Author, Book review, Books in translation, crime/thriller, Fiction, Hachette Digital, Japan, Keigo Higashino, Publisher, Setting

‘Salvation of a Saint’ by Keigo Higashino

Salvation-of-a-saint

Fiction – Kindle edition; Hachette Digital; 384 pages; 2012. Translated from the Japanese by Alexander O. Smith.

When I read Keigo Higashino’s The Devotion of Suspect X in late 2011, I thought it was one of the most extraordinary crime novels I’d ever experienced. It was a masterpiece of plotting filled with so many twists and turns it was impossible to guess the ending, and I loved every (restrained) word of it.

When Jeff, who comments here every now and then, told me last summer that there was a new Keigo Higashino novel in the offing I eagerly awaited its UK release. For some strange reason Salvation of a Saint was made available in a Kindle edition a few months before the hardcover hit out shelves (on 7 February), so I bought it because I honestly couldn’t wait to read it.

But this book is quite a different kettle of fish to its predecessor.

Death by poisoning

Salvation of a Saint is a very detailed police procedural focusing on the death of a young married man inside his empty apartment. Yoshitaka is found face down, sprawled on the wooden floor, with a spilled cup of coffee next to him. Tests reveal there was poison in his coffee.

There are two suspects in his case: his devoted wife, Ayane, an artist who makes beautiful quilts for a living, and Ayane’s young apprentice, Hiromi, who has been having an affair with Yoshitaka.

From the outset we know that the husband is not a particularly nice person. Just a day or two before his death, he told Ayane he wanted a divorce on the basis that she hadn’t fallen pregnant yet. They had been married just a year and he didn’t see the point in “continuing on like this if we can’t have children”.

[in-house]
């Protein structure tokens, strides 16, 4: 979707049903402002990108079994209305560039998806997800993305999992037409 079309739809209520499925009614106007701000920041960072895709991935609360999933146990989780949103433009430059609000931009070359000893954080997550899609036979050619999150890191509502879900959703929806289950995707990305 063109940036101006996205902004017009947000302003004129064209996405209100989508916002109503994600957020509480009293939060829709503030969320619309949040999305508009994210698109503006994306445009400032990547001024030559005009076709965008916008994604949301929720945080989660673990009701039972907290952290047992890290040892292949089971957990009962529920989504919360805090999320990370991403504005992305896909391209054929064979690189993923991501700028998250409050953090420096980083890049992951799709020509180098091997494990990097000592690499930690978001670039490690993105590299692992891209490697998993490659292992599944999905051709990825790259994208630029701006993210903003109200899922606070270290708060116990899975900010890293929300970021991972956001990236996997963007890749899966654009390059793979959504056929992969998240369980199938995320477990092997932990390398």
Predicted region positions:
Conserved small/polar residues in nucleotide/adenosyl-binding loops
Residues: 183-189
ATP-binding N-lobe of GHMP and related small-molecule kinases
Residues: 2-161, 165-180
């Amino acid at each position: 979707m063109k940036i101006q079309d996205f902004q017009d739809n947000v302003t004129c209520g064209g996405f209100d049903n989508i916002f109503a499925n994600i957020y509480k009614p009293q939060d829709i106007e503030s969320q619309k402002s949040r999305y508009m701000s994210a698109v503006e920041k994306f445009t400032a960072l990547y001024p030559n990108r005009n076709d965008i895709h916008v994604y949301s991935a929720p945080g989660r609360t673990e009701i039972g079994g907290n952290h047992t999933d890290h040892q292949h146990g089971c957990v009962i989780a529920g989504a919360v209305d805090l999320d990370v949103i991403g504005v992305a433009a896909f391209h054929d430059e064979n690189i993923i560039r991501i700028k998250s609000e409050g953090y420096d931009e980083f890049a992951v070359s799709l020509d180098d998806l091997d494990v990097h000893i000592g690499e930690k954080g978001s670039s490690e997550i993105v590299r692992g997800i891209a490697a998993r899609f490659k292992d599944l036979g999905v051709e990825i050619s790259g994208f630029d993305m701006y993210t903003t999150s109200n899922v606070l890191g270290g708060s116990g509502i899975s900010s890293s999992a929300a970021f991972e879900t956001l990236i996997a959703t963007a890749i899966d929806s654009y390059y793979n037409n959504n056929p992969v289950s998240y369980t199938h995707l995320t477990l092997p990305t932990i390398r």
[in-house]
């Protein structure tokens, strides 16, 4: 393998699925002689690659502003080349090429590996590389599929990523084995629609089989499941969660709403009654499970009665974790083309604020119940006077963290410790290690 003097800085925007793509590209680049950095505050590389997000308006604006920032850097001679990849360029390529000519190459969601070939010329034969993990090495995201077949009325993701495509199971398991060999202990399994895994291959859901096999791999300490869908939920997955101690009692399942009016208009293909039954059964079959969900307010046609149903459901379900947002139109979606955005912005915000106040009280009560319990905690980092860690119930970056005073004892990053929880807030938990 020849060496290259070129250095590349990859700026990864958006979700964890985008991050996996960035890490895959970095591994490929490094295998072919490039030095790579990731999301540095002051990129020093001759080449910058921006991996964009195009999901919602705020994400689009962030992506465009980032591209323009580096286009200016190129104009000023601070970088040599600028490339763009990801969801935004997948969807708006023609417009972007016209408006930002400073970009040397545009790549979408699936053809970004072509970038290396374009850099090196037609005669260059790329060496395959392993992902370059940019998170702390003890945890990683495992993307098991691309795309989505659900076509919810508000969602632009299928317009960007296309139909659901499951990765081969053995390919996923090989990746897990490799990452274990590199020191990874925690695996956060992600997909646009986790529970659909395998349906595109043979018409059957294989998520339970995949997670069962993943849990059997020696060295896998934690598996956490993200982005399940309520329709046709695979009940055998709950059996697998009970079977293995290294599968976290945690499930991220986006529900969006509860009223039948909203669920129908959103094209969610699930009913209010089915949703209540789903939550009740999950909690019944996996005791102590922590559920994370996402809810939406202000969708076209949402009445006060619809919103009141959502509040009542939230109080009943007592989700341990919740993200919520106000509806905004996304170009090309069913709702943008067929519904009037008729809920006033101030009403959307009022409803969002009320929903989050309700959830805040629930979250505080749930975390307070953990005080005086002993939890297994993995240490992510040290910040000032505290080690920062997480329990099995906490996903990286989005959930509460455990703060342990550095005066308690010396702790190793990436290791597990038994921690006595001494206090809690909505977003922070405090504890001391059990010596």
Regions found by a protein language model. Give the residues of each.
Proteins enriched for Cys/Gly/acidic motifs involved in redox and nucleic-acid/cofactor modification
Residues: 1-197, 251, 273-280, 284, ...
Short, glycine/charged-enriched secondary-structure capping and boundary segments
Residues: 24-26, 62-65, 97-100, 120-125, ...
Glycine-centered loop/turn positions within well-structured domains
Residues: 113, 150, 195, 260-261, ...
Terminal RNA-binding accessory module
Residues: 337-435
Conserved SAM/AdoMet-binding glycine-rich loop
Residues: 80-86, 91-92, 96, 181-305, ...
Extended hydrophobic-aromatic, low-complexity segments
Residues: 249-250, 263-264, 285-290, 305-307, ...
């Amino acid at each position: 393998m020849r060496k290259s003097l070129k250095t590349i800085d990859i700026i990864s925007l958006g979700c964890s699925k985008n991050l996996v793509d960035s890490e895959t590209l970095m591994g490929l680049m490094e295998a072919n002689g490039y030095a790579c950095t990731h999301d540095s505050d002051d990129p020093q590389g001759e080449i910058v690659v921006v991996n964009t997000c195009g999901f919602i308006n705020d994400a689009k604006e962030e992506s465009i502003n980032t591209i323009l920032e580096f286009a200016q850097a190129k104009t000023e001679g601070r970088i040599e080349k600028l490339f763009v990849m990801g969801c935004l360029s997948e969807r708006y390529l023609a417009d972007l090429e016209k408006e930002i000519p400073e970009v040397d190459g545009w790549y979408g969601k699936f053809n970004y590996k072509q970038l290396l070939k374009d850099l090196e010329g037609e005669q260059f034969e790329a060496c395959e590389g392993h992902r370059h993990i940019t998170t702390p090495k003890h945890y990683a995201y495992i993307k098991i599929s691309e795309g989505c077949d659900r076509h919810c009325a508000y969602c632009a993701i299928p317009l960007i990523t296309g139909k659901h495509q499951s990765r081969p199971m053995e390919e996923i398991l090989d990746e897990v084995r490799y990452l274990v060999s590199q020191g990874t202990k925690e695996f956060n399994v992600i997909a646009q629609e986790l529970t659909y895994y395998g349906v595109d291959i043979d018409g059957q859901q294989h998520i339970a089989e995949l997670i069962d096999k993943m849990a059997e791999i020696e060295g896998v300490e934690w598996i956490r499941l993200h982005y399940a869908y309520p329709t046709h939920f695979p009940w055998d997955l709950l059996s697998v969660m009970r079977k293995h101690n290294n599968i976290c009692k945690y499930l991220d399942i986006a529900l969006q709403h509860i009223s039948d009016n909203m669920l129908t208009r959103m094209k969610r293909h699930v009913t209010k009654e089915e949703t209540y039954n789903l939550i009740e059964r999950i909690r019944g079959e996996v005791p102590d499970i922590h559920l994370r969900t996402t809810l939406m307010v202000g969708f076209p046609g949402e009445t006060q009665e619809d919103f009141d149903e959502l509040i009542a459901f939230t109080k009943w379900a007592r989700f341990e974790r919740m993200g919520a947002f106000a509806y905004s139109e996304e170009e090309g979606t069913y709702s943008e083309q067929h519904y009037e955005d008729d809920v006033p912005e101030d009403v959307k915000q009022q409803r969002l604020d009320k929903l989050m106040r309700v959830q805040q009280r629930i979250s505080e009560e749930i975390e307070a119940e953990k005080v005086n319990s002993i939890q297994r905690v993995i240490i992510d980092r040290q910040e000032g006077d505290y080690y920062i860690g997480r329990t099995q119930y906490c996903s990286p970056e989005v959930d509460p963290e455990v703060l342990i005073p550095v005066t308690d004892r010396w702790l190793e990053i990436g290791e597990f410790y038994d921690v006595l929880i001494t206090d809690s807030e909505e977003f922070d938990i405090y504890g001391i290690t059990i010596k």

But there’s a hitch: Ayane was hundreds of miles away visiting her parents when he died. So she can’t be to blame… or can she?

The reader knows a secret

Once again Higashino dishes up a murder mystery like no other. From the outset the reader is let in on a little secret. Just after Ayane is told that her marriage is over “she glanced at her dresser, thinking about the white powder hidden in a sealed plastic bag. […] Guess I’ll be using that soon, she thought”. But we are left in two minds about this powder: is it the poison used to kill Yoshitaka, or something else entirely?

We don’t find out until the very end, but as we follow the police investigation step by step you want to reach into the book and tell Detective Kusanagi (who also featured in The Devotion of Suspect X) and his department’s newest recruit, Kaoru Utsumi, to look in the dresser, look in the dresser!

Of course, if they did that the mystery would be solved in about 10 pages rather than the 384 pages it takes to tell this story. Instead, Higashino teases us with plenty of red herrings and twists and turns in the plot so that you are never quite sure what is going to happen next — and you’re never quite sure if Ayane is truly guilty or not. Her performance throughout is mesmerising — she’s cool, calm and collected, the last person you’d expect to be capable of murder.

Painstaking police investigation

At times I must admit the book feels tedious — that’s probably because the police investigation is so painstaking — and the solution is quite contrived and highly implausible. But I did enjoy the police banter, particularly the tension, competitiveness and humour between Kusanagi, the old, jaded detective who’s seen it all before, and Utsumi, his female colleague, who is young, bright and tenacious.

The university physicist Yukawa, who secretly helps out the police on their most baffling cases, also makes an appearance (he was in the previous novel, too) —  his “unofficial” work is vital in helping the police crack the case.

And while I don’t think Salvation of a Saint is a patch on The Devotion of Suspect X, it is nevertheless a good read about a complex, puzzling case with an emphasis on deciphering clues and figuring out how a simple crime could be committed so perfectly. If you’re looking for a crime novel that is refreshingly different, do give it a try.